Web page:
(1) Advanced economies advancing. Most encouraging is that the composite leading indicator for all of the 34 members of the OECD rose to 100.9, the highest level since February 2011. That confirms the upbeat readings of the more volatile JP Morgan Global Composite Output PMI, which remained upbeat during January at 53.9. Over the past year, there have been steady monthly gains in the indexes for the US, Europe, and Japan. The same can be said about all the major economies of Europe and the peripheral ones too.
(2) Emerging economies submerging. The OECD also compiles leading indicators for the BRICs. They remained depressed during December, with India falling to a record low.
Importantly from the JP Morgan Global PMI is that forward indicators remain strong:
The level of incoming new business also expanded for a sixteenth month running in January. Despite easing to its weakest since last October, the rate of new order
growth remained above the average for the current sequence of increase.
Emerging Markets are in a different zone:
New business growth in global emerging markets was little-changed from December, but slower than the average for the final quarter of 2013.
OECD Jobless Rate Falls to 7.6% Unemployment across the 34-nation Organization for Economic Cooperation and Development fell for the third straight month in December, driven by falling jobless rates among young people and men
The OECD said Tuesday the unemployment rate for its members—mostly countries with developed economies—fell to 7.6% from 7.7% in November and 7.8% in October, having been steady at 7.9% for much of 2013.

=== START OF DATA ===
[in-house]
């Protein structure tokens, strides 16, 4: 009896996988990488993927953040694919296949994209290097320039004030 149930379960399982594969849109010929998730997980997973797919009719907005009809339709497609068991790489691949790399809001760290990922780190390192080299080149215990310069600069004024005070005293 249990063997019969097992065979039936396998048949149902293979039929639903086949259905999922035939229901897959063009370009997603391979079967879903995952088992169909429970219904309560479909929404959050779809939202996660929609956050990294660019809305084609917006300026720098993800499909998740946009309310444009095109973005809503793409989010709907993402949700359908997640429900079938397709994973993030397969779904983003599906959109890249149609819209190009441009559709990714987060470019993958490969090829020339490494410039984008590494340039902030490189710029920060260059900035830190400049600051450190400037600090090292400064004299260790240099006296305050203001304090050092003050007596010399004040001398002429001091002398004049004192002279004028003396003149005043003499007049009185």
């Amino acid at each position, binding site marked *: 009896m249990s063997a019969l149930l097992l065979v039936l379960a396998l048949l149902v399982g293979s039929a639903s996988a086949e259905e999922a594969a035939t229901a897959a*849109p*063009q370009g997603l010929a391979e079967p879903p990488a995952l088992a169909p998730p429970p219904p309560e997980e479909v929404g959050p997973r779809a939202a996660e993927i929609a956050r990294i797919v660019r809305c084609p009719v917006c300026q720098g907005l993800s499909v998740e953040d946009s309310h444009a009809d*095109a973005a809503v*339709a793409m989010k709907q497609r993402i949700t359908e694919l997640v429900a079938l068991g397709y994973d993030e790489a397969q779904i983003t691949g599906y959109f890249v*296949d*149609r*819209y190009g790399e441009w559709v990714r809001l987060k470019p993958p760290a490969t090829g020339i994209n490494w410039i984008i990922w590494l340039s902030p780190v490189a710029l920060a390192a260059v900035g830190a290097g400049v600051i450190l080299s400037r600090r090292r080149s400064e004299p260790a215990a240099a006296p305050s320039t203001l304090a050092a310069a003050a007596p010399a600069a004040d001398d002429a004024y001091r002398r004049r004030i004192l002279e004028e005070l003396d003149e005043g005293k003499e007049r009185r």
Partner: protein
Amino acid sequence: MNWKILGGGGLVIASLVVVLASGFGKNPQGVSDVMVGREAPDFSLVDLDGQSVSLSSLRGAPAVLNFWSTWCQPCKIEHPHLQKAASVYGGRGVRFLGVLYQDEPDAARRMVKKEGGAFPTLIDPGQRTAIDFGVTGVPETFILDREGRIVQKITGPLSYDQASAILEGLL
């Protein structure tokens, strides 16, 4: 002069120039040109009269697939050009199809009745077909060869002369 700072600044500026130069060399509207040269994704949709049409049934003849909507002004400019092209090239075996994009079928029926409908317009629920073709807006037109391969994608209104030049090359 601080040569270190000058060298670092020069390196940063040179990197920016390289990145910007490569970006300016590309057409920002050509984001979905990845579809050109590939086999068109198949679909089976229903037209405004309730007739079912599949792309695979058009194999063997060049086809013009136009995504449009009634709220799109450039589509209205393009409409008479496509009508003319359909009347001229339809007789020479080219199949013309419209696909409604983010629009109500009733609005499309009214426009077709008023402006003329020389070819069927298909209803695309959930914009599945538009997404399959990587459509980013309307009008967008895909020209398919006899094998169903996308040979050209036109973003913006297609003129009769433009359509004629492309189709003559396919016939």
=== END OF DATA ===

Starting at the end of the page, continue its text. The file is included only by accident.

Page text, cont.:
The sustained decline suggests the labor market has started to benefit from the modest economic recovery that took root across developed economies last year.
In another encouraging development, the rate of youth unemployment fell to 15.5% from 15.6% in November. (…) The number of people without jobs fell to 46.2 million from 46.9 million in November, but remained 11.5 million higher than in July 2008, before the global financial crisis and ensuing economic slowdown.
The U.S. and Japan led the decline in unemployment, while Spain and Ireland also recorded significantly lower rates in December. However, jobless rates increased in Canada, Israel and Mexico. (…)
Barclays to Slash Up to 12,000 Jobs The bank will cut up to 9% of its 139,600-strong workforce this year, with 7,000 jobs to go in Britain and the rest spread across its global operations.
(…) Driven by a surge in borrowing in recent years, Chinese companies amassed an estimated $12.1 trillion of debt at the end of last year, according to Standard & Poor’s. That compares with an estimated $12.9 trillion for U.S. businesses, now the world’s most indebted. The ratings company estimates that debt at Chinese companies is poised to exceed the U.S. total this year or next. (…)
According to J.P. Morgan Chase, China’s corporate debt was 124% of gross domestic product in 2012, up from 111% in 2010 and 92% in 2008. J.P. Morgan economist Haibin Zhu said the number likely rose further in 2013.
Corporate debt in comparable emerging economies is 40% to 70% of GDP, while in the U.S. the figure is 81%, according to J.P. Morgan. (…)
The increase in borrowing costs was driven in part by a rise in rates on government bonds. The yield on China’s benchmark 10-year government bond reached 4.75% in late November, the highest since January 2005 and up from 3.68% at the end of 2012, according to WIND Info and Thomson Reuters. The yield has since fallen to 4.51%. For short-term bonds like the ones sold by Evergreen, the average interest rate on new issues now stands at about 6.26%, up from 4.38% at the beginning of this year and 2.77% in 2005. (…)